Smart Home Technology

Better Essays
Smart technologies for older people a systematic literature review of smart technologies that promote health and wellbeing of older people living at home

May 2012 Authors
Meg Morris, PhD Chair Physiotherapy, The University of Melbourne Elizabeth Ozanne, PhD Associate Professor, Social Work, The University of Melbourne Kim Miller, PhD Senior Lecturer Physiotherapy, The University of Melbourne Nick Santamaria, PhD Chair Translational Nursing, The University of Melbourne Alan Pearce, PhD Senior Research Fellow, Deakin University Catherine Said, PhD Research Fellow Physiotherapy, The University of Melbourne Brooke Adair, B.Phys Research Assistant, The University of Melbourne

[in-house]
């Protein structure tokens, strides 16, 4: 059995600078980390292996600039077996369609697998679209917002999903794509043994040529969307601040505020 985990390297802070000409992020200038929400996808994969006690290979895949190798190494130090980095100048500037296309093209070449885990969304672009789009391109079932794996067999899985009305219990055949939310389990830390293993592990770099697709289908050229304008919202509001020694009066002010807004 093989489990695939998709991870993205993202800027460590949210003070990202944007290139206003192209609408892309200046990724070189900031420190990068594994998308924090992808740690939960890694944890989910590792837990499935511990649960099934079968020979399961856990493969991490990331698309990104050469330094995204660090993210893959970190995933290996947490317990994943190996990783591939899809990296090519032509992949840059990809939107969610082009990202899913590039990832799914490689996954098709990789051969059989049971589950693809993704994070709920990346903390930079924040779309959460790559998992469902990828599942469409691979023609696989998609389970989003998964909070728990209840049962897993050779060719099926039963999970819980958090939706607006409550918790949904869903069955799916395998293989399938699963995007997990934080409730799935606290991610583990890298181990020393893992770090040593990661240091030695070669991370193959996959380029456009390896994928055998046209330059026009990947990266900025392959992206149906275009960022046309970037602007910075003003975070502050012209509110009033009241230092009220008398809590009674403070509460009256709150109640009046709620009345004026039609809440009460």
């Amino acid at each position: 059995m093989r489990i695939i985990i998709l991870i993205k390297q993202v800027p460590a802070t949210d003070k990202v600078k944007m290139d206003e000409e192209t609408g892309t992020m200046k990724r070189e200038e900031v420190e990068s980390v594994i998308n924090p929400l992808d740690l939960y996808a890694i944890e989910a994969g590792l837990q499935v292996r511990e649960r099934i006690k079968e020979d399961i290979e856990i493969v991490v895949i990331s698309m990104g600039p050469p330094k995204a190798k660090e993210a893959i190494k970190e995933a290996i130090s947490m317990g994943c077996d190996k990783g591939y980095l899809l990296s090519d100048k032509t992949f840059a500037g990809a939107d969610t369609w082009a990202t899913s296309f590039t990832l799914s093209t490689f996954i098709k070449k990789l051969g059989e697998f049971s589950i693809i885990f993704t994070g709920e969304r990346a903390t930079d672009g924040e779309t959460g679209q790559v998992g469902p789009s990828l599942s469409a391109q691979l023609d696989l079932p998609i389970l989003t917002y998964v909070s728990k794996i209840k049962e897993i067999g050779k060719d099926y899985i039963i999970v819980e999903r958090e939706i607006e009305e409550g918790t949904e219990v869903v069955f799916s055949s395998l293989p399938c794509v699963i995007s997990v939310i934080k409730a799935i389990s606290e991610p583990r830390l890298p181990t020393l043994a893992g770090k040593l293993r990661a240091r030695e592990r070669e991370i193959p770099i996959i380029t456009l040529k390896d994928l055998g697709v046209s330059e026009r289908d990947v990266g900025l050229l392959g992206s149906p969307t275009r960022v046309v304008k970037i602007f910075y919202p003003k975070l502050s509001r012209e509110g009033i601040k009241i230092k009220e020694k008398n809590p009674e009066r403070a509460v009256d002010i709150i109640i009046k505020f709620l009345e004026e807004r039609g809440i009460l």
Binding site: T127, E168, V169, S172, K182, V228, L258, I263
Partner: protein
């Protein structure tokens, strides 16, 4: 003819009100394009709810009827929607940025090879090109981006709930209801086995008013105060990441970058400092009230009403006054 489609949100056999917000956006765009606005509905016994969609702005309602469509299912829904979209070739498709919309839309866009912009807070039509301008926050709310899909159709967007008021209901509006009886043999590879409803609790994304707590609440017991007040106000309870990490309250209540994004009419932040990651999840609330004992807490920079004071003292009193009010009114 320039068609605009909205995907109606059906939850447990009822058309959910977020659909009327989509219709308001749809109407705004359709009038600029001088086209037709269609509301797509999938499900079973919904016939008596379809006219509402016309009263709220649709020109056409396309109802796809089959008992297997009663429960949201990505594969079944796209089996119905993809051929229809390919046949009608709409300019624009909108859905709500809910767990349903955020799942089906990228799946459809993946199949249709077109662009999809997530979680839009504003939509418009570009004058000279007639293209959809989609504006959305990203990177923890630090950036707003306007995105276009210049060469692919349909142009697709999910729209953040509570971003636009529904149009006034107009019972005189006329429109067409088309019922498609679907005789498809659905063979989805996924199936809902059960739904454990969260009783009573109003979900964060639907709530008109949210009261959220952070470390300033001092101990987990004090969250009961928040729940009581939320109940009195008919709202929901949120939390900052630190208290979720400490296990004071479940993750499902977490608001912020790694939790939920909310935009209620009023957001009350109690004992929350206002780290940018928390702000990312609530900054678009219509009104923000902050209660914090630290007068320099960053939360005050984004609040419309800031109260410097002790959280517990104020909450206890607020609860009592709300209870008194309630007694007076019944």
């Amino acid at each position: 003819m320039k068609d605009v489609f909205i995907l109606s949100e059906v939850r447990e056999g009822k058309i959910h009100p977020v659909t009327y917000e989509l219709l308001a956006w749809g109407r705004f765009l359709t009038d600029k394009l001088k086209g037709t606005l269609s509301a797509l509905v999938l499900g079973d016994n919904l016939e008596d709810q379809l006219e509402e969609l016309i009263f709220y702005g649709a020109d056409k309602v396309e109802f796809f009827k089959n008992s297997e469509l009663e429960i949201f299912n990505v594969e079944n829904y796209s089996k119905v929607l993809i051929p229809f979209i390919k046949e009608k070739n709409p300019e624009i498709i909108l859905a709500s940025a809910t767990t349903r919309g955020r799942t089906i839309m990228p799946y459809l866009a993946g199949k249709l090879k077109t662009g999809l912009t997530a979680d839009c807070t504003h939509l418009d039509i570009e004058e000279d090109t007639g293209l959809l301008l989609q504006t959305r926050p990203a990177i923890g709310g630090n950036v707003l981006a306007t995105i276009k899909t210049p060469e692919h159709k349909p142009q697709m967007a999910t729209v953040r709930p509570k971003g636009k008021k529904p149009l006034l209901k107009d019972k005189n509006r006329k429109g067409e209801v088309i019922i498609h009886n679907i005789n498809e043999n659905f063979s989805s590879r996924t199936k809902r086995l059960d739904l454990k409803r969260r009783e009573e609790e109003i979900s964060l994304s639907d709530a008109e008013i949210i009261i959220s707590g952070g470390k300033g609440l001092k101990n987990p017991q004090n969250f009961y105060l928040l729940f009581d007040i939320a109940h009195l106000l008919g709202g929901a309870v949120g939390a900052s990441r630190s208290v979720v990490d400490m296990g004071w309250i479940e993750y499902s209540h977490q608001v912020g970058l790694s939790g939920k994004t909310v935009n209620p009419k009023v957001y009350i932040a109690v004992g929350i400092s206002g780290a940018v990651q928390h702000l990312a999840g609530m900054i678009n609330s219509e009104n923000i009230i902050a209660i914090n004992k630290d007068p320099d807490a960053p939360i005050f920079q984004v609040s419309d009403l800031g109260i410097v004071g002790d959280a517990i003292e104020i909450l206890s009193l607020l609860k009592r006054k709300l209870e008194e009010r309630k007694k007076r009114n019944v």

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In 2010, 13% of the population was over the age of 65 years and by 2050 this is predicted to rise to around 20%. Australia has been proactive in response to population ageing, with a well articulated policy in relation to residential and community care since the mid 1980s. Given its comparatively small population of 22 million, there has been time for the government, the broader community and institutional structures to plan ahead to respond appropriately to the social and economic implications of an ageing society. Since the mid 1980s, in line with international trends amongst mature developed economies, there has been a gradual shift from institutional to community care and the articulation of ‘ageing in place’, ‘productive’ and ‘active ageing’ policies. Governments of both the right and the left in Australia have actively pursued these agendas, influenced by the policy leadership of key international agencies such as the World Health Organization (WHO), OECD and various initiatives of the International Year of Older Persons (Australian Government Treasury, 2010; Commonwealth of Australia Productivity Commission, 2011; Organisation for Economic Co-operation and Development, 2001). In the light of rapidly growing demand and the development of new service modes and technologies, ageing and community care policies have been under constant review. The National Productivity Commission has just completed a major inquiry into Care of Older
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